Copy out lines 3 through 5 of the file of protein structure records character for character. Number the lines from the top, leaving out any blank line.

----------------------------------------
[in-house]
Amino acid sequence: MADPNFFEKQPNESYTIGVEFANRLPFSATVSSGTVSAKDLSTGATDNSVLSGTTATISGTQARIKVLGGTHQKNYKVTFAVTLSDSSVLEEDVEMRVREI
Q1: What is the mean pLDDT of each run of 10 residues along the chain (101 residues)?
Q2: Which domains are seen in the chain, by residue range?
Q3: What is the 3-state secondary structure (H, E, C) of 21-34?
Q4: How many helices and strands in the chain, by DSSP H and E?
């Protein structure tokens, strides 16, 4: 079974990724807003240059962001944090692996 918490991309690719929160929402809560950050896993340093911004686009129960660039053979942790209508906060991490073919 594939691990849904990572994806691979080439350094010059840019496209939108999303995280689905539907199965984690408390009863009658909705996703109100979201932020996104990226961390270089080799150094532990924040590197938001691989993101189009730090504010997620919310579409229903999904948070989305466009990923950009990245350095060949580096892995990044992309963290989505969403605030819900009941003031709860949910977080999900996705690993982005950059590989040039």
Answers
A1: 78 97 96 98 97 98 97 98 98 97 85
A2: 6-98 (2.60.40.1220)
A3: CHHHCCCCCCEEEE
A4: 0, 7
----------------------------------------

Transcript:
Q1: What is the mean pLDDT of each run of 10 residues along the chain (101 residues)?
Q2: Which domains are seen in the chain, by residue range?
Q3: What is the 3-state secondary structure (H, E, C) of 21-34?